Updated at 10:40 a.m. EDT
WASHINGTON — Orbital Sciences Corp.’s Cygnus cargo capsule will wrap up its first mission to the international space station (ISS) Oct. 23, when the expendable spacecraft is set to re-enter the atmosphere and burn up along with a load of trash.
Cygnus was launched Sept. 18 from Pad 0A at the Mid-Atlantic Regional Spaceport (MARS), a state-run facility located at NASA’s Wallops Flight Facility on Wallops Island, Va. The craft has been berthed with the station’s Harmony node since Sept. 29 and will detach from the orbital outpost Oct. 22, Orbital said in an Oct. 11 online post.
A few days after Cygnus burns up over the Pacific Ocean, Orbital will provide NASA with a report on the mission, on which basis the space agency will decide whether the Dulles, Va., company is ready to fly eight cargo delivery missions to ISS ordered in 2008 under a $1.9 billion Commercial Resupply Services contract.
Should NASA give Orbital the thumbs-up to begin those missions, the first could launch as soon as late December or early January. Preparation for that mission, according to the company and its landlords at MARS, will not be interrupted by the ongoing government shutdown.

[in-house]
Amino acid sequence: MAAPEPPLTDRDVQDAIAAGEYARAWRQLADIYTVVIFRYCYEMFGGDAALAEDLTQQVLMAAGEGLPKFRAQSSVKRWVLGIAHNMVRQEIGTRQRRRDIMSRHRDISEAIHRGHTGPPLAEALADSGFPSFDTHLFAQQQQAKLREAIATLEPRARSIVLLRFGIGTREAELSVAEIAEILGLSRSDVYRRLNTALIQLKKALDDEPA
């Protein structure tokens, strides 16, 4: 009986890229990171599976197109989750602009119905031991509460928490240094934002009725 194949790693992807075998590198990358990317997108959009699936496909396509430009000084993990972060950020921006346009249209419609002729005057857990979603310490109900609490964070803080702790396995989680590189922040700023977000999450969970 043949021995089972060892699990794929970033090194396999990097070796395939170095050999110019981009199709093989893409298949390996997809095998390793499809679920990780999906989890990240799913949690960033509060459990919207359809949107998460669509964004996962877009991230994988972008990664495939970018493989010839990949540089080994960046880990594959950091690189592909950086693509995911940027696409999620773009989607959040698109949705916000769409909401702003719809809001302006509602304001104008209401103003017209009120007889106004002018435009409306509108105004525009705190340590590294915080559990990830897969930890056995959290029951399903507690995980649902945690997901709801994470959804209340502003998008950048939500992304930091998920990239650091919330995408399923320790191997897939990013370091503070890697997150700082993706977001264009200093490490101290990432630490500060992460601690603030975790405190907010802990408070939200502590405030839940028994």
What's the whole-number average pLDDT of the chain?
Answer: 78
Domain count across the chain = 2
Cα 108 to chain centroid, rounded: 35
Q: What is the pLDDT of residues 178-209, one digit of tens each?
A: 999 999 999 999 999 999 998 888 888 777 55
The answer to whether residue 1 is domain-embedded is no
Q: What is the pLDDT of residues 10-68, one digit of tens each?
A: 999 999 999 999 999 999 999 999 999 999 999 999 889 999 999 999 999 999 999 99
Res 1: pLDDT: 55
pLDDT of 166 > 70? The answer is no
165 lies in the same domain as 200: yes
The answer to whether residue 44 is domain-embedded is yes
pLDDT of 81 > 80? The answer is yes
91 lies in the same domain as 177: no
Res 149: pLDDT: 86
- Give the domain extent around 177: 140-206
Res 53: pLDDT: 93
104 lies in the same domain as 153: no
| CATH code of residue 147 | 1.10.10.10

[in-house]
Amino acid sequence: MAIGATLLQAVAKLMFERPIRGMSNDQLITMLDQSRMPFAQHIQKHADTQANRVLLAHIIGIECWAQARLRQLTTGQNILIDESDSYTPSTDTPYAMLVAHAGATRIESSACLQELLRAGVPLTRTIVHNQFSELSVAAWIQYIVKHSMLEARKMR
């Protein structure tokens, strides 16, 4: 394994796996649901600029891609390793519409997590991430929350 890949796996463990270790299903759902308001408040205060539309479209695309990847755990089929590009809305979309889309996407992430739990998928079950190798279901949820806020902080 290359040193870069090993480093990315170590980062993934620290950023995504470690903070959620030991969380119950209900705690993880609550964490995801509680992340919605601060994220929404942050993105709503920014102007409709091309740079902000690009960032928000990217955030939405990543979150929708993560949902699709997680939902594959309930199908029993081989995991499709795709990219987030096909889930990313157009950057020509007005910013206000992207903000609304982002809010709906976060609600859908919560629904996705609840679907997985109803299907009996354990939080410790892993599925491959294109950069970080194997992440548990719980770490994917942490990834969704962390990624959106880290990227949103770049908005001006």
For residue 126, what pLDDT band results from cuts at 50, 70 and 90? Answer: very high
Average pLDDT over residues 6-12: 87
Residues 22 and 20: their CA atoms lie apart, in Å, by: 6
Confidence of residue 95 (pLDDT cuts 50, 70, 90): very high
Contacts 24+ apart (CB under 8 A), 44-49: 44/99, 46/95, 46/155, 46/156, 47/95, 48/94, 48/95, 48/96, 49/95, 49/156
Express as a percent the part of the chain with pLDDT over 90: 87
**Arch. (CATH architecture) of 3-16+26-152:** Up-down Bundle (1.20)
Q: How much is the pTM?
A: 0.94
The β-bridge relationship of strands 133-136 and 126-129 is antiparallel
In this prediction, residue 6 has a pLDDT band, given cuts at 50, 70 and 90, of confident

“The Antares team is able to continue working on our systems during the shutdown,” Orbital spokesman Barron Beneski said in an Oct. 8 email. “Apparently, the skeleton services available at Wallops are enough for our staff to access the facilities.”
The head of the state-run organization that owns and operates the coastal Virginia facility from which Orbital’s eight cargo resupply missions will launch said neither his organization nor the launch facility itself was affected by the federal government shutdown.
“There’s been no impact,” Dale Nash, executive director of the Virginia Commercial Space Flight Authority, told SpaceNews in an Oct. 8 phone interview.
Nash said that between the authority and its subcontractors, about 60 people are working at MARS.
When the U.S. government shut down on Oct. 1 after Congress failed to enact a stopgap spending measure, more than 95 percent NASA’s roughly 18,000 civil servants were furloughed. Many NASA facilities across the country were closed, in some cases even locking out contractors who otherwise could have continued working.